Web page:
Class Spotlight: Cooking!


Jack McCarthy

You may have smelled something delicious while doing one of your classes. You may have also seen students (seniors mostly) with Ronni in the kitchen. What are they doing? If it wasn’t obvious enough, they’re cooking and making some delicious food for the Village School to eat! But what goes on in the kitchen? What are they making next? 


Taught by math teacher Ronni Graf, this 4th period class cooks and prepares meals to teach themselves how to cook. When they’re done with the meal they’ve been cooking, they either eat it themselves or give it away for the Village School to eat. In case the signs haven’t told you already, this class is very serious. There are signs all over the kitchen that tell Village School to keep their pesky hands away from the ovens, microwaves, and fridge. But aside from the intimidating signs, what actually happens in the kitchen? At the start of fourth period, Ronni and her students drop their bags off in her room, head straight over to the kitchen, put on their aprons, and get the necessary equipment to get cooking their next big meal. Ronni helps teach the students how to cook the meal she wants them to prepare and how to perform certain culinary skills such as slicing cheese, cutting with a knife, and using other machinery that can help further the recipe.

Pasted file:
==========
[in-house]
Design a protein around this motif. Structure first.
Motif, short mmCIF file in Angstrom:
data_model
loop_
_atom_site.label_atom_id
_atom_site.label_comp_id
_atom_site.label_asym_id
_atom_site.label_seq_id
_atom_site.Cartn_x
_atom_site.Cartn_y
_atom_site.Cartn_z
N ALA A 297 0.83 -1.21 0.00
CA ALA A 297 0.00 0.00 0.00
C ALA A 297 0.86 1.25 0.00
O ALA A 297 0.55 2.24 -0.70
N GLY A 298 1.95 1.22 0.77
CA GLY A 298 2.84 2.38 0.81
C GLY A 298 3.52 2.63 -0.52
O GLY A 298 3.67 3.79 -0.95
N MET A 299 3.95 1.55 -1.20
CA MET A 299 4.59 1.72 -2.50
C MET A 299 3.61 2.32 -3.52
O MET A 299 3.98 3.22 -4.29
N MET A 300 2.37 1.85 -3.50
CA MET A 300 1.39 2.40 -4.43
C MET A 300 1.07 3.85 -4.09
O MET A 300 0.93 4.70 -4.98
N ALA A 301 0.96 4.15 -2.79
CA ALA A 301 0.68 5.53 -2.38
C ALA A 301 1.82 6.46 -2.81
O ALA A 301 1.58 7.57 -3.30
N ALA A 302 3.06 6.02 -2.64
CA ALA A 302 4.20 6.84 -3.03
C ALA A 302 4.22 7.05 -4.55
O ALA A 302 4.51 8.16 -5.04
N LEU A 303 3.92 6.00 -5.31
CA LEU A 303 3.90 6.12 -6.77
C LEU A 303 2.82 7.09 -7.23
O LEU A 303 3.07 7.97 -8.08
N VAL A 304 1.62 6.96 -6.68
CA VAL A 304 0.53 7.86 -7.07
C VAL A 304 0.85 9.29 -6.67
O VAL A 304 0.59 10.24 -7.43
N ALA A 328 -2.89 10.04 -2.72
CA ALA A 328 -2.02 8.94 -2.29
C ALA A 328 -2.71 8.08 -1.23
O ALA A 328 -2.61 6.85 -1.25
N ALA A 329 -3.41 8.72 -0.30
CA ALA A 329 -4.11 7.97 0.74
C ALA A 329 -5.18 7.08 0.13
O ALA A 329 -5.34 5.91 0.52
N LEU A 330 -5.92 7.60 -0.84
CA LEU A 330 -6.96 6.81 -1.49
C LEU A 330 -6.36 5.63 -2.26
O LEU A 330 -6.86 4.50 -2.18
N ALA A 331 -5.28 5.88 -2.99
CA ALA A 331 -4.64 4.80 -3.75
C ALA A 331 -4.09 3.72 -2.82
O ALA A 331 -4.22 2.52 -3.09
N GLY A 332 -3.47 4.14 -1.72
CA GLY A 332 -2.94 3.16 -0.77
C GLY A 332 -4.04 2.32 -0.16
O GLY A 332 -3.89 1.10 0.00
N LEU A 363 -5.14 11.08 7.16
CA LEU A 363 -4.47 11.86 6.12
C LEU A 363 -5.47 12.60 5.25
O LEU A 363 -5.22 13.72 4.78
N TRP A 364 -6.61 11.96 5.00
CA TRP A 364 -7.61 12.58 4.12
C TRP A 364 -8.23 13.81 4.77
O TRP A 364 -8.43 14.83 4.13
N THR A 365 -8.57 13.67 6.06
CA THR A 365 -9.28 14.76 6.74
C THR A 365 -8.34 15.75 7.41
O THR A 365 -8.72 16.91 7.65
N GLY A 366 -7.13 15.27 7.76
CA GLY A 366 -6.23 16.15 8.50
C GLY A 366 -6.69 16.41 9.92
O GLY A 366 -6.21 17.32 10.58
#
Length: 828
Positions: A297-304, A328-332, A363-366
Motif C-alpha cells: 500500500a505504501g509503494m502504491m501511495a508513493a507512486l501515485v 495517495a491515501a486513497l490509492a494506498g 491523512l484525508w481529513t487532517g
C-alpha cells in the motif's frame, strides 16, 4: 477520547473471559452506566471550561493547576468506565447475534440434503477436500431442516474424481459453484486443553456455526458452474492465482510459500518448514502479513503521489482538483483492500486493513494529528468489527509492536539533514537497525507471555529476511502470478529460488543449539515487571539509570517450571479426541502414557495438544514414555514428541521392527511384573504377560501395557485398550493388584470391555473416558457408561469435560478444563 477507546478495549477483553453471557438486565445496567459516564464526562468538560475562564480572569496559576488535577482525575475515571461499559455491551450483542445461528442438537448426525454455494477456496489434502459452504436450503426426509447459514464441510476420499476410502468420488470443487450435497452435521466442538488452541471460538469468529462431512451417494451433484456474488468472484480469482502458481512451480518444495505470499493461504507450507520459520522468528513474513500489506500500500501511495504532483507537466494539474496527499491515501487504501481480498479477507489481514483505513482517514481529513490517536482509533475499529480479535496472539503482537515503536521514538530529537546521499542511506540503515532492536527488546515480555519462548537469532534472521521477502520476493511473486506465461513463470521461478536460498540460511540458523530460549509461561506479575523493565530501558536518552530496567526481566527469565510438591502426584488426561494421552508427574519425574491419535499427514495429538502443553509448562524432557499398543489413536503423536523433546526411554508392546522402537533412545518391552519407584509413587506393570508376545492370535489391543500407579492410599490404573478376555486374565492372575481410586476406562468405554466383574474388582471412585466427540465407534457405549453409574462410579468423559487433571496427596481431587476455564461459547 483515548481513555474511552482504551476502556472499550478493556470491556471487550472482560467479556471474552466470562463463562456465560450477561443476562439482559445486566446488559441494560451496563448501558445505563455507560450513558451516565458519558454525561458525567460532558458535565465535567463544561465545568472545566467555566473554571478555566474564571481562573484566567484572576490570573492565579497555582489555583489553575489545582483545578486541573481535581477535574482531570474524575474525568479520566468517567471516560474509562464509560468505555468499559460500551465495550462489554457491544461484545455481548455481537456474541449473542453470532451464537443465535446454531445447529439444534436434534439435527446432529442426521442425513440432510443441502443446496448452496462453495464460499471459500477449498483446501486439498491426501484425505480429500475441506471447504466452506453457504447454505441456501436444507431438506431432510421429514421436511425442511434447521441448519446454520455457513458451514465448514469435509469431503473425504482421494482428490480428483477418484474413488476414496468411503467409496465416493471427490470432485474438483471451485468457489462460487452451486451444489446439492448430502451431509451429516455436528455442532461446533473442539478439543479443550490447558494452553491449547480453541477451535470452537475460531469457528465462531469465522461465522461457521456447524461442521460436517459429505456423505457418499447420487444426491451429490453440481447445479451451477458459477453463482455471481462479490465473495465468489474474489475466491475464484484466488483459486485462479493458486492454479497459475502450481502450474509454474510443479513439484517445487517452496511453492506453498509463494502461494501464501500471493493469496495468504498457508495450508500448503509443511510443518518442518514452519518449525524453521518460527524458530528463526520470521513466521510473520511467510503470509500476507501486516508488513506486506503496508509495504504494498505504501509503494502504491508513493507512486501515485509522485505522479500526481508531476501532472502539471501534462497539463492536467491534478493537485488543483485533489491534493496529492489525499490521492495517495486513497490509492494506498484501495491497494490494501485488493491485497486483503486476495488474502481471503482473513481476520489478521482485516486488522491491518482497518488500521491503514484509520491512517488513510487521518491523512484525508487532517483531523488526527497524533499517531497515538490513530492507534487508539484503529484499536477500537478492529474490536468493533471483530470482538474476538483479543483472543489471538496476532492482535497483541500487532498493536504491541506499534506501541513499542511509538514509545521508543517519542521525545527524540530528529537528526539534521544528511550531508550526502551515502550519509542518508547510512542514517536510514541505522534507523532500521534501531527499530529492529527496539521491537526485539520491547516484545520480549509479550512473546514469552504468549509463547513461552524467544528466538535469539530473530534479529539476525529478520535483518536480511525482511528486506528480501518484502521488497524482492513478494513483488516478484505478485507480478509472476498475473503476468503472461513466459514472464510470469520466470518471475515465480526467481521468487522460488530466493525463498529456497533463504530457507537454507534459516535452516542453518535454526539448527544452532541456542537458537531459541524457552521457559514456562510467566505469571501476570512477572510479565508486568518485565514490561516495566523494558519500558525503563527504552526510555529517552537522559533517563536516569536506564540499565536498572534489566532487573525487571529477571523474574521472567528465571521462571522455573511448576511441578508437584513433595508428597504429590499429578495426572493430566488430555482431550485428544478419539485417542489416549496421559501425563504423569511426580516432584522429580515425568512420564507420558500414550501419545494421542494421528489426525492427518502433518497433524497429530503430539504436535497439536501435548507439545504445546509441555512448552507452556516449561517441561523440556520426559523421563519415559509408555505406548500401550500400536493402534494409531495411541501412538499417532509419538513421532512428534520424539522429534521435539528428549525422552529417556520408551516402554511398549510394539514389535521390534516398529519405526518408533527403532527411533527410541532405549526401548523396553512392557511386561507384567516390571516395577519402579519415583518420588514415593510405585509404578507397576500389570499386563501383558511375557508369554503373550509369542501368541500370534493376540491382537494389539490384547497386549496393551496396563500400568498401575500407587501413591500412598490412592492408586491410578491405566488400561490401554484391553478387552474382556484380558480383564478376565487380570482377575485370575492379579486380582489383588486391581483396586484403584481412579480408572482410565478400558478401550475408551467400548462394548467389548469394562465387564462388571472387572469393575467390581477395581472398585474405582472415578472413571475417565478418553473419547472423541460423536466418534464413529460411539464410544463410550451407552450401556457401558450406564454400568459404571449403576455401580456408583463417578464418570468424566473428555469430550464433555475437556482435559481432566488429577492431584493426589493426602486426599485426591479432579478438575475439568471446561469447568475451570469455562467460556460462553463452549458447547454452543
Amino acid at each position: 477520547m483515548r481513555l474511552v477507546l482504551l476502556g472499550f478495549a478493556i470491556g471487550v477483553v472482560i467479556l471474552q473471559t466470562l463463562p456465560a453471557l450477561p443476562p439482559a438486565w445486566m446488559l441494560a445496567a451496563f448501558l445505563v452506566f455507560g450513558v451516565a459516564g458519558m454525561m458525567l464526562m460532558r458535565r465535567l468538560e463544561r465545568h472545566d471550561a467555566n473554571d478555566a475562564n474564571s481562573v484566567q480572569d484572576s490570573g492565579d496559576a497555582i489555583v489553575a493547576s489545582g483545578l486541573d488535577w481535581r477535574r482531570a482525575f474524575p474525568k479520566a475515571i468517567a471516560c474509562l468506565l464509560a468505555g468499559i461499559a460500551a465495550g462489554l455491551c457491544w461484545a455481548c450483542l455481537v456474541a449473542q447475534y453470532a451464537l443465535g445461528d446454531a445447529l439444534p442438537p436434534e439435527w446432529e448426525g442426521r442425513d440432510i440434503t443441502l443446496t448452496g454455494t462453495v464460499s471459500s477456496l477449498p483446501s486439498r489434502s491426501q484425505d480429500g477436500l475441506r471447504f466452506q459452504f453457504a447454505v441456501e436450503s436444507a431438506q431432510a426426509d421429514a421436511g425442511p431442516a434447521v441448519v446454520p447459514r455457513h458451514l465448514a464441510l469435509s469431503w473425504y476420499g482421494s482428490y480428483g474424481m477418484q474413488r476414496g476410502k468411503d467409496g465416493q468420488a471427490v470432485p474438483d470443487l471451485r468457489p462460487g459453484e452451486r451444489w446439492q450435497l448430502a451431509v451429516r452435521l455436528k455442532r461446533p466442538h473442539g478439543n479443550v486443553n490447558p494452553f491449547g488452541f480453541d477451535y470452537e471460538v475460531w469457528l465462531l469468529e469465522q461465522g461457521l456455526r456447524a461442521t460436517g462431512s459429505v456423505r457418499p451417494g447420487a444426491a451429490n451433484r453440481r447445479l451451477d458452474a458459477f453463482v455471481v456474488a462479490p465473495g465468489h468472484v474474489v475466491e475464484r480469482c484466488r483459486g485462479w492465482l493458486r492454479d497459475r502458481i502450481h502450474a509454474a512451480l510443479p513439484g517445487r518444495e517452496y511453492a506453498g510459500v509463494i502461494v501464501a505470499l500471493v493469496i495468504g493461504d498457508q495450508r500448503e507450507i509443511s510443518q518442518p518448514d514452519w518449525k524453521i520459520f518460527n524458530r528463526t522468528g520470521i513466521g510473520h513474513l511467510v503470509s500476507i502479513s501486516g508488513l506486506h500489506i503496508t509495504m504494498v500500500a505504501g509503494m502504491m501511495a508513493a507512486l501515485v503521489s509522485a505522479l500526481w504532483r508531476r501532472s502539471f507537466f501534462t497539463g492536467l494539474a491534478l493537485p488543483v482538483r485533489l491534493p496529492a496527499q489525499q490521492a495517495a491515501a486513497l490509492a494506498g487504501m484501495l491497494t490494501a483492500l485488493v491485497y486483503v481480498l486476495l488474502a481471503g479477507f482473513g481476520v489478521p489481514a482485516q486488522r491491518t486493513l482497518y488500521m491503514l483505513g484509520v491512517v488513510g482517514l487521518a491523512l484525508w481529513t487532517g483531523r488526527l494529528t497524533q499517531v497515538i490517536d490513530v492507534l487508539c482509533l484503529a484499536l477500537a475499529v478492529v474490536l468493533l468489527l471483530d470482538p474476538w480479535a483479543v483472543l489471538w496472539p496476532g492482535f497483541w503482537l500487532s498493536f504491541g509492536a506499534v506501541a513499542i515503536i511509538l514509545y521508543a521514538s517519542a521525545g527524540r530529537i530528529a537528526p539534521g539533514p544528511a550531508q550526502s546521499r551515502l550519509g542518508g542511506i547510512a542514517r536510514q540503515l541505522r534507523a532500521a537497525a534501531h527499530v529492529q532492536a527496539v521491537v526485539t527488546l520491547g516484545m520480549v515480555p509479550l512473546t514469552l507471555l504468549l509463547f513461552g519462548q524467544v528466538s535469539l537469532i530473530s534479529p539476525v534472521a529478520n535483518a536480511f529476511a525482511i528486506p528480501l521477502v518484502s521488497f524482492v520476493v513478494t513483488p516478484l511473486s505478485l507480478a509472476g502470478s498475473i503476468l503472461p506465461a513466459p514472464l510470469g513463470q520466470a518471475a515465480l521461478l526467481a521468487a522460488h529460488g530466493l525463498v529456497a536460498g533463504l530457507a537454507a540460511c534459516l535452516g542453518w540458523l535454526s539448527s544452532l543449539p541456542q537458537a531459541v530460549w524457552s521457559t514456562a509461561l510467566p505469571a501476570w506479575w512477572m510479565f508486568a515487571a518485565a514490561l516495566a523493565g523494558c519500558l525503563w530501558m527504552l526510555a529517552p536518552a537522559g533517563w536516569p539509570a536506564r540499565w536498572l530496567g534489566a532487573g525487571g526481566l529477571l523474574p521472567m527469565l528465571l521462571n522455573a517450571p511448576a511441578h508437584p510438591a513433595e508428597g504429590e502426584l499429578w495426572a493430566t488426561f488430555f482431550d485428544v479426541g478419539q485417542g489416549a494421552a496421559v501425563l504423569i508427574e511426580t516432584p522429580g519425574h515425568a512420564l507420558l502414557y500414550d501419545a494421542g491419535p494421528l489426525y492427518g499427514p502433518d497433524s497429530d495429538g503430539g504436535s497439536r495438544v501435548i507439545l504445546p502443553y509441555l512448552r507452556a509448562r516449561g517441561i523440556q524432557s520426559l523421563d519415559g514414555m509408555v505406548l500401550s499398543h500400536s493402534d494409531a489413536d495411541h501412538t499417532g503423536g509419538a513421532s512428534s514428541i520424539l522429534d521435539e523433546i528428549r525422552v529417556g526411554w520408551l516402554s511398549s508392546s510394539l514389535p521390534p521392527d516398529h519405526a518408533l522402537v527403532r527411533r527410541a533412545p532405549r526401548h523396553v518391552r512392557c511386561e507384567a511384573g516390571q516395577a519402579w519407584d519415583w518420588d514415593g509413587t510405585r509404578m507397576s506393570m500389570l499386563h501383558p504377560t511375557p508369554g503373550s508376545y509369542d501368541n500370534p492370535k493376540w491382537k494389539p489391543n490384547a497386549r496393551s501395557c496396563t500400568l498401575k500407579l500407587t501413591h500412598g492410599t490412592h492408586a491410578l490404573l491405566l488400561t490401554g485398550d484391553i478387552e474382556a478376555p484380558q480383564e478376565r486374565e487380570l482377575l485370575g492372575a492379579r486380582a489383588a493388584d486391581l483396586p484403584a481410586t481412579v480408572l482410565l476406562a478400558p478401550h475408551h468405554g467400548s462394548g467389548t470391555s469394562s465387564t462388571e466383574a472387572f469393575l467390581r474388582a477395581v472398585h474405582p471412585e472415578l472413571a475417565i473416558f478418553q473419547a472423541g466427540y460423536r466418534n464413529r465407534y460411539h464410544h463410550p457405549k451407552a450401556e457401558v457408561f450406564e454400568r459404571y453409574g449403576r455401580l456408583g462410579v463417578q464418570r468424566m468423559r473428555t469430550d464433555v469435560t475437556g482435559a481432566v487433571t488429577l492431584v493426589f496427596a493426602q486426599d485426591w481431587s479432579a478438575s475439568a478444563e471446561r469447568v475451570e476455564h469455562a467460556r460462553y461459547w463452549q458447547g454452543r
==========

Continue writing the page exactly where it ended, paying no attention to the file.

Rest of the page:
Kitchen Duties

When the students arrive they help set up the main table, where they will perform all of their cooking duties. They put a plastic cloth over it to prevent the tabletop from getting dirty, lay out the ingredients and tools to cook, and turn on the oven, should they need it to progress their meal. Multiple people can be assigned to do two things at once, or one all together, with students taking turns on performing tasks. For example, one half of the students, along with Ronni, could be working on making tomato sauce, crushing the tomatoes and adding flavor to it, while the other half sits back and observes or waits.


Chef Han-ah mixing sauce in the pot

But aside from cooking, cleaning up is also a major part of the class. Before they leave for lunch, they need to clean up so they’ll be working in a clean environment the next time they cook. Dirty and used items go in the sink, where they are either put in the dishwasher or cleaned by hands and soap, depending on the item. Objects such as forks, spoons, and dishes go in the dishwashers, where they can be easily cleaned. Objects such as big pots and other utensils that don’t belong in a dishwasher are cleaned in a three step process at the sinks. First, the items are washed with water in the first sink. Once that’s done, washed objects are put into the second sink to clean with soap and rinse with water. Then finally, objects are put onto the counter, where they are dried and back away where they belong. 

Over the course of the module, this class has made some delicious meals. Recently, the class made spaghetti and sauce, with the sauce taking the longest to make. Other stuff they made include vegetarian chili and crispy potatoes. So if there are any extra meals for you or your friends, stop by and take a meal, you will not be disappointed by the hard work Ronni and the cooking class put in.